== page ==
And Wayne Embry used to tell me this all the time. It’s not what people do to you that’s important. It’s how you handle and bounce back what was done to you. So, that’s the thing that I keep focused on. That’s what I think about. And again, like I said, I’m happy with my life, and I’m happy with the direction that it’s going in.


No. 3: Gordon, Magic won’t settle for less than playoffs On Christmas morning of last year, the Orlando Magic solidly holding down the No. 6 spot in the Eastern Conference and seemingly on their way to a playoff berth. Fast-forward two months and the Magic had fallen below .500 and were on their way to another playoff-less season. An offseason of mild roster shuffling has the Magic hoping to right that postseason wrong come 2016-17, or at least that’s the stance forward Aaron Gordon is taking in a Q&A with Alex Kennedy of :

Kennedy: Many people are predicting that this could be a breakout year for you. Do you expect that to be the case?

Gordon: “I think when you say ‘breakout,’ most people think of statistics and how well you play. To me, a breakout year means the level of fun and joy that I receive from the game. And yes, I think this year I’ll be much more joyful when I play, much happier when I play. I think I’ll be much more confident in my play. If those three things lead to a breakout year, then yeah, I believe that I’m ready.”

Kennedy: How confident are you now compared to when you first came into the league? You were a pretty confident guy entering the NBA, but how much more confident and comfortable are you now?

Gordon: “I would say much more. I’ve had two years under my belt. One year, I had to sit out due to injury and only play 47 games. Then, I had a year of playing the entire season. Having both experiences – sitting out and learning versus playing the full season – helped me. I also have three more years of working with Graham Betchart and Lucid. I would say that when I came into the league, I still needed validation. Now, I don’t need any validation. I play for joy and the fun of it. That’s all that I need in my life.”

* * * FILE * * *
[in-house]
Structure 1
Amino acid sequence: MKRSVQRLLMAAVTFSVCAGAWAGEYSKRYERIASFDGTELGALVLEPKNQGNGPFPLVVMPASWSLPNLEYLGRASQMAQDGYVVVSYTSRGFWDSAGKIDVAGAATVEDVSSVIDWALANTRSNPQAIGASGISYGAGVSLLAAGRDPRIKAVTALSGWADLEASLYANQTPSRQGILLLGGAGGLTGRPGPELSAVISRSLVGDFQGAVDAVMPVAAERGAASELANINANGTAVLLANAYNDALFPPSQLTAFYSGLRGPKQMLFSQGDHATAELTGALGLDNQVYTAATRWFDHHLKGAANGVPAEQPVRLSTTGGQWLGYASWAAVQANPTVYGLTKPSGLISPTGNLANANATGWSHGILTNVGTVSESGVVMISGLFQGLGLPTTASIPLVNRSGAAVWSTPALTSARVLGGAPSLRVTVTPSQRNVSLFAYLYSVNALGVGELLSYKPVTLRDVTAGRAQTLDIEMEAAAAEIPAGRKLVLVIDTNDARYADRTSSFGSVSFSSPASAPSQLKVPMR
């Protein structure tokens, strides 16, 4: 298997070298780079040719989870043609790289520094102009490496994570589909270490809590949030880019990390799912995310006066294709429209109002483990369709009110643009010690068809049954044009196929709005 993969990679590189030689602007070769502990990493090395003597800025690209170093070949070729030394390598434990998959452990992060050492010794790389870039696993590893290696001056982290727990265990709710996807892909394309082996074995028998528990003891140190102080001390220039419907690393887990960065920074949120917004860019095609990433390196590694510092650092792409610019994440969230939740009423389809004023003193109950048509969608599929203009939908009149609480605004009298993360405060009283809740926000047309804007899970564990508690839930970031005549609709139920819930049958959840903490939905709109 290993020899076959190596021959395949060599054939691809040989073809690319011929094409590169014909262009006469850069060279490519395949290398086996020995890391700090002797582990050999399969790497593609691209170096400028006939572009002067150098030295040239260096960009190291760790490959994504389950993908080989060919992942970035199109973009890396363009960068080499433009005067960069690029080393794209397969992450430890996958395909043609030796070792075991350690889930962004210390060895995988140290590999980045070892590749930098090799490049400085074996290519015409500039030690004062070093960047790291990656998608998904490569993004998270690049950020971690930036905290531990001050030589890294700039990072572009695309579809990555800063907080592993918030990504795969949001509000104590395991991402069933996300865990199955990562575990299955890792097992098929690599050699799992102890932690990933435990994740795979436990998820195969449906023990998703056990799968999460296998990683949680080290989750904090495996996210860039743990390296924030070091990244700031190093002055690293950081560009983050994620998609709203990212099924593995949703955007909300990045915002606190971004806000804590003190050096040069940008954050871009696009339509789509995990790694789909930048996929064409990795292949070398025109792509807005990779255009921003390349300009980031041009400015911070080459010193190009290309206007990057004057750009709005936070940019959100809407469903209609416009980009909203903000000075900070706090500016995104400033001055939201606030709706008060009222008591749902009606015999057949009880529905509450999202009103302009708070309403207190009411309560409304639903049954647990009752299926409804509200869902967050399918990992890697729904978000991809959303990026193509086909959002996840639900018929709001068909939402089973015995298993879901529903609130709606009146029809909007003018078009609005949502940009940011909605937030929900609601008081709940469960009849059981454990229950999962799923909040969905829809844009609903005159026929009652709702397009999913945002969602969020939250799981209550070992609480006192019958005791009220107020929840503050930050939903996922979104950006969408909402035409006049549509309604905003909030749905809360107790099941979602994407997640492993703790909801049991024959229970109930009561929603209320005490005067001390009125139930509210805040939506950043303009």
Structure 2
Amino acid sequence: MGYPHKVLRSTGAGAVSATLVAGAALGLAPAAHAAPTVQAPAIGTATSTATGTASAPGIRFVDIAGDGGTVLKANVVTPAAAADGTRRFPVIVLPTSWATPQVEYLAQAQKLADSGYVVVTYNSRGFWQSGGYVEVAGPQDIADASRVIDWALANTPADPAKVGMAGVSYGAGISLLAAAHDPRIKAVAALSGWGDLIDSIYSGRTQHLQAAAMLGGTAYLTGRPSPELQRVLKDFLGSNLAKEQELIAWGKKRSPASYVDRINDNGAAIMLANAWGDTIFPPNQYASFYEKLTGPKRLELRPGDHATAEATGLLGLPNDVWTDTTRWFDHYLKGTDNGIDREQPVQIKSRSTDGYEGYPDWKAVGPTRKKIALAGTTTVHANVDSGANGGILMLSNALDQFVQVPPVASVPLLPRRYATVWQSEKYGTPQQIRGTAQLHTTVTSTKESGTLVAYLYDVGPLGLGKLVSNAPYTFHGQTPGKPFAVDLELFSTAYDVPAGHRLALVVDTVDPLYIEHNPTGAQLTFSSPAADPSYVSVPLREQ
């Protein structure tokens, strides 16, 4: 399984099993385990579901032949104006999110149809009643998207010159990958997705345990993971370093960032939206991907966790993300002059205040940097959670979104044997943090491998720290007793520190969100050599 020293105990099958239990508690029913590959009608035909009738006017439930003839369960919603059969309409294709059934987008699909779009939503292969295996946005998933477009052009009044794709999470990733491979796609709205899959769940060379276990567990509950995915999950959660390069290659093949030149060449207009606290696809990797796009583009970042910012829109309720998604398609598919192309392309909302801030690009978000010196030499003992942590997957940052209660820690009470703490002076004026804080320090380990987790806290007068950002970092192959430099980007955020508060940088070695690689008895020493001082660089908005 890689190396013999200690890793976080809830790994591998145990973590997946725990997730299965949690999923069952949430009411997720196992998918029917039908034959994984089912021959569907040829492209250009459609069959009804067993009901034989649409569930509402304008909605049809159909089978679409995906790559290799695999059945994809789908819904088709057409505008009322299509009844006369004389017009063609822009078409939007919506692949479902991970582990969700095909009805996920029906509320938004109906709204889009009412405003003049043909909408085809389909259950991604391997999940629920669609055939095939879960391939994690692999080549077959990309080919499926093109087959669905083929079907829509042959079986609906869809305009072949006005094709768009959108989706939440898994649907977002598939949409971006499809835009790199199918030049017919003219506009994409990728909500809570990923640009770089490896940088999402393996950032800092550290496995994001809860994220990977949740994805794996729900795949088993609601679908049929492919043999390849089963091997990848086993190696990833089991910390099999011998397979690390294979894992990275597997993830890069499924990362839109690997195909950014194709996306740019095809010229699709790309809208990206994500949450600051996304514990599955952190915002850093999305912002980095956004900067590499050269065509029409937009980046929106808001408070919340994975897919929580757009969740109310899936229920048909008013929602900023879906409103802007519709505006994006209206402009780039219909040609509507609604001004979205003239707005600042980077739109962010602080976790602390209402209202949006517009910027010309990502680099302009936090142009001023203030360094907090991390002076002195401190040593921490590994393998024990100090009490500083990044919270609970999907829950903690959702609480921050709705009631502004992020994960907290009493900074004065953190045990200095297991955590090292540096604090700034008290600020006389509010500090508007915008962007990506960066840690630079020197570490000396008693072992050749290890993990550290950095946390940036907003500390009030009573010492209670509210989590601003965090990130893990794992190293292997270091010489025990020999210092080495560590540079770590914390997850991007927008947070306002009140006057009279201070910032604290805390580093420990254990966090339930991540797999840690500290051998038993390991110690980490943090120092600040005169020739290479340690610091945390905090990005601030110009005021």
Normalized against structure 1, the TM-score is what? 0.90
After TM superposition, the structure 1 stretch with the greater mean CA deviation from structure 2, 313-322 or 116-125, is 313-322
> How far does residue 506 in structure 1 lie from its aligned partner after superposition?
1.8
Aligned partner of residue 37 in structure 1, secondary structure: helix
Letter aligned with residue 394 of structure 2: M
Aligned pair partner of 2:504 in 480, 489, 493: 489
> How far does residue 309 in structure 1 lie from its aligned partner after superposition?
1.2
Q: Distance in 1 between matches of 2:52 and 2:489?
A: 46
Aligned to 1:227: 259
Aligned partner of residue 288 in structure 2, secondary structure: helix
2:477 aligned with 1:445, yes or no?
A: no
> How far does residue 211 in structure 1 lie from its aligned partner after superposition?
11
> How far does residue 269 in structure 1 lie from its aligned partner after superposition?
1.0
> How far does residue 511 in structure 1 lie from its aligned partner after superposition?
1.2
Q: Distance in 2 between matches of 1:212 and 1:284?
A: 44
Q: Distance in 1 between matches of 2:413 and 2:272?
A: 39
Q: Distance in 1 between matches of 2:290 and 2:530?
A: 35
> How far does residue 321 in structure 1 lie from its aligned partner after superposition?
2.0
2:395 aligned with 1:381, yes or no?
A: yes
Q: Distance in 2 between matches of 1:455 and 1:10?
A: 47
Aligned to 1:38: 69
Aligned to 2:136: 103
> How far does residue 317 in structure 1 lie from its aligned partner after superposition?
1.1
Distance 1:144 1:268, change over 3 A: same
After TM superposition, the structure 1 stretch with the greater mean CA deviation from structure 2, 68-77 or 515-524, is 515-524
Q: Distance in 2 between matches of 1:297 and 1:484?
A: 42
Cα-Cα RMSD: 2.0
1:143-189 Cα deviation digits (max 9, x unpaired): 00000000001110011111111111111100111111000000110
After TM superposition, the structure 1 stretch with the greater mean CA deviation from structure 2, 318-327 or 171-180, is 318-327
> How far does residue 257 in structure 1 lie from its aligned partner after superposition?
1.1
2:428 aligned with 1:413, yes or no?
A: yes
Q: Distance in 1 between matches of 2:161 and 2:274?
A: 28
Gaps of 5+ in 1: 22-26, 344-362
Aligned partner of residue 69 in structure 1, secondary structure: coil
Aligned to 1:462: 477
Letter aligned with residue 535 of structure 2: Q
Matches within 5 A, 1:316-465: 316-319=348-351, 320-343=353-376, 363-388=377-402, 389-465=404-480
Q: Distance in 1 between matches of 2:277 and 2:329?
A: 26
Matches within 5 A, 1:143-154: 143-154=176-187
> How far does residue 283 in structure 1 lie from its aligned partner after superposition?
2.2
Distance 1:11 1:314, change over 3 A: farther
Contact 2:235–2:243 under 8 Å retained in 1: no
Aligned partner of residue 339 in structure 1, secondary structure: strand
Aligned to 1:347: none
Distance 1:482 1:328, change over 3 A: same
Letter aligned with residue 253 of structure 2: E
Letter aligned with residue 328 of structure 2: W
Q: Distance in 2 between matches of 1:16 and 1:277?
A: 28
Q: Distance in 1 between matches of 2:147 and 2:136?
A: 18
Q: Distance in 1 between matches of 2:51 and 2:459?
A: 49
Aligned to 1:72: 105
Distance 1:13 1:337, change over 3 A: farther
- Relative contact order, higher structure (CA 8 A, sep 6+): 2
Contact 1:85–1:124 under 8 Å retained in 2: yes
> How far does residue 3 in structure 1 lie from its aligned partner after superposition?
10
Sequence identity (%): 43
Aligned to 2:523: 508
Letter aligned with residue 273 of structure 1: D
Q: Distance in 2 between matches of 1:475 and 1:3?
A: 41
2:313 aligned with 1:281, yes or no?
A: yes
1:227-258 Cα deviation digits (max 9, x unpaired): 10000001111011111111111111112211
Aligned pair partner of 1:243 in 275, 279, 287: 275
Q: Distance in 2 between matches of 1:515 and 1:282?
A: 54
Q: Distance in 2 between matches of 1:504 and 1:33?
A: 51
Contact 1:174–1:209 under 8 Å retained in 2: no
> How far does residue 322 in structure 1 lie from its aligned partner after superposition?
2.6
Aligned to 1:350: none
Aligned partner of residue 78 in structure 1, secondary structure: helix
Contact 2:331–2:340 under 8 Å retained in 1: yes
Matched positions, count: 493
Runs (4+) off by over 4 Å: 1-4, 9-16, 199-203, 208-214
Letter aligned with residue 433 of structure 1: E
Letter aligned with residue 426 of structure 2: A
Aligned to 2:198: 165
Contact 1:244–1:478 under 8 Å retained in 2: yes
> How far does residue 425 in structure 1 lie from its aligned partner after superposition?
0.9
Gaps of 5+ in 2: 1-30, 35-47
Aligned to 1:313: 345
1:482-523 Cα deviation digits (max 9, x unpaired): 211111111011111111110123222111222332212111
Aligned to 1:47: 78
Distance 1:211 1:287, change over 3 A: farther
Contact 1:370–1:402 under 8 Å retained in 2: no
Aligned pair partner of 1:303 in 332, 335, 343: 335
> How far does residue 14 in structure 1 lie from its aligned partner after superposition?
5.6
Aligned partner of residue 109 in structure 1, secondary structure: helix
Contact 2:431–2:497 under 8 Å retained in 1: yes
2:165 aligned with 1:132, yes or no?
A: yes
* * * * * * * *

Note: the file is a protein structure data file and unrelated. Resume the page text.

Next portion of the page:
Kennedy: You have a new head coach in Frank Vogel. How do you feel you fit in with Coach’s Vogel’s style and what have you guys discussed in terms of what role you’ll play?

Gordon: “I think he wants me to do a whole lot of everything, from defending to distributing to scoring. We’re going to need to score the ball this year and I’m looking to take on a bigger scoring role. Defensively, I want to guard the best player on the other team every night. These are things that I want, but they are also things I want from my teammates. I want them to say, ‘No, I want to guard the best player.’ And we have those type of players. Serge, Bismack, Jeff [Green], EP [Elfrid Payton] are guys who would love to do that. They all want that challenge and I love playing with guys like that. It’s always team-first with me and I’m going to do whatever I can to help my team win.”

Kennedy: The front office brought in a lot of veterans such as Ibaka, Biyombo, Green, D.J. Augustin and Jodie Meeks. What did you think of the additions? They’re clearly win-now moves.

Gordon: “It’s just exciting to me. I’ve always trusted Rob Hennigan and I’ve always trusted Scott Perry. To me, it validates my trust in them. They made moves that other people couldn’t have made. They were confident, aggressive moves. Now, it’s on us. We’re ready to play. We have the coach, the staff, the players, the organization. We have a foundation of players who have been there and been through the losing, and now it’s time to start winning.”

Kennedy: Clearly, making the playoffs is the goal. Do you feel that this team has what it takes? And if you guys aren’t in the postseason, is that a disappointment?

Gordon: “Oh, of course. Of course. We are a playoff team. I haven’t stepped foot in the gym with everyone yet, but just through our text messages and calls, that’s where everybody’s mindset is at. They’re ready, and I’m ready as well. Really, we have to play present. We need to take each game and play it like it’s our last. If we do that, we’re going to have a very successful season.”


SOME RANDOM HEADLINES: Julius Erving, Alonzo Mourning, Isiah Thomas and Bill Russell with be the presenters for Shaquille O’Neal at the Hall of Fame ceremonies on Friday … For the record, Doc Rivers is a fan of the Boston Celtics signing Al Horford this summer … Former San Antonio Spurs big man DeJuan Blair is closing in on a deal with a team in China … Looks like NBA 2K17 is going to have some pretty accurate renditions of NBA arenas